If you happen to work in construction, you know the importance of having foreman, lead workers, and front-line supervisors who know how to practice proper safety protocol. While routine inspections may seem like a mundane everyday task, they are conducted in order to remain in compliance with the Occupational Safety and Health Administration’s (OSHA) guidelines for keeping employees safe from harm. Now OSHA has found a new way to ensure worker safety.
Recently, OSHA sent out a memo formalizing its use of drones equipped with cameras in order to collect evidence during inspections of workplace settings. This means OSHA can now not only review jobsites on the ground during in-person inspections, but it can also view the location from above via drone footage.
These drones provide OSHA with another means of keeping both jobsites and their employees accountable and safe. However, this does not mean employers and contractors have no control over drone inspections.
OSHA must obtain express consent from an employer prior to conducting a drone search. If – for whatever reason – the employer objects, OSHA is not permitted to conduct any sort of drone inspection unless a search warrant is obtained. Employers also have the right to limit a drone inspection to an area of complaint or concern, or to object to photos or video being taken of areas that could potentially reveal trade secrets.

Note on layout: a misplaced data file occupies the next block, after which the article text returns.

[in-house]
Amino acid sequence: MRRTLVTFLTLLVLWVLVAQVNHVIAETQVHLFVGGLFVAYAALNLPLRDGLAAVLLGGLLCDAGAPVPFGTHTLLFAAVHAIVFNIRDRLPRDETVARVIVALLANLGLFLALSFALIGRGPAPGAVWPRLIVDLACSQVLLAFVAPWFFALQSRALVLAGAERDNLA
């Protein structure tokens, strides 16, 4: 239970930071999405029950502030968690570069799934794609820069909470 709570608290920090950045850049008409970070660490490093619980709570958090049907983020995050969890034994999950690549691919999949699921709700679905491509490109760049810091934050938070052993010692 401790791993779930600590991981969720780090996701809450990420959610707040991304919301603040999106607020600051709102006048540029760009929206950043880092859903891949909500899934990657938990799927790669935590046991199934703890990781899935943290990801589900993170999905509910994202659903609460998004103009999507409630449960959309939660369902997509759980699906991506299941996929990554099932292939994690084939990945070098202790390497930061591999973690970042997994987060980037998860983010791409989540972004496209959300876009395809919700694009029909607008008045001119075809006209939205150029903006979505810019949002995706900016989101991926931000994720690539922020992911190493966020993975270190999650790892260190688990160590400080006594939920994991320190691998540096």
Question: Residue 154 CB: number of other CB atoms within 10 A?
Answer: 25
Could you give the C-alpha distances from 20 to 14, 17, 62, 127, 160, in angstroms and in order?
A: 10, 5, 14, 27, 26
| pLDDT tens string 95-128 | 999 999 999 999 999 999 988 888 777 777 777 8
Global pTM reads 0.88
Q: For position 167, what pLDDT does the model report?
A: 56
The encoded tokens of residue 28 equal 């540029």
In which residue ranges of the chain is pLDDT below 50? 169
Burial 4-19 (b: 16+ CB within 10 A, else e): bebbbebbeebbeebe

Construction Accidents & OSHA
According to OSHA, in 2017 over 5,000 workers were killed on the job. That’s more than 99 deaths per week or 14 deaths each day. These alarming numbers reflects a fairly consistent trend throughout the past decade, leading to new regulations designed to keep workers safe.
Despite OSHA’s stringent guidelines, hundreds of workers still face severe injuries or death from a wide number of situations at construction sites.
Types of Construction Accidents Include:
- Falling, particularly from scaffolding which often leads to head or brain injuries or spinal cord injuries
- Being buried or crushed under a scaffold or embankment that collapses
- Burning in fires or explosions
- Being struck by debris or objects, especially tools dropped from above
- Becoming caught in or crushed by heavy machinery, especially when clothing becomes snagged
- Injury by defective tools, which break, spark, or come apart
- Injury in accidents involving dump trucks, cranes, and other workplace vehicles
Lubbock Workplace Injury Attorneys
Many Texas workplace injury accident victims were injured through no fault of their own. If another person or business acted negligently and that negligence caused your injuries, then you may have grounds to file a personal injury claim. Contact the professionals at Liggett Law Group today for a free consultation.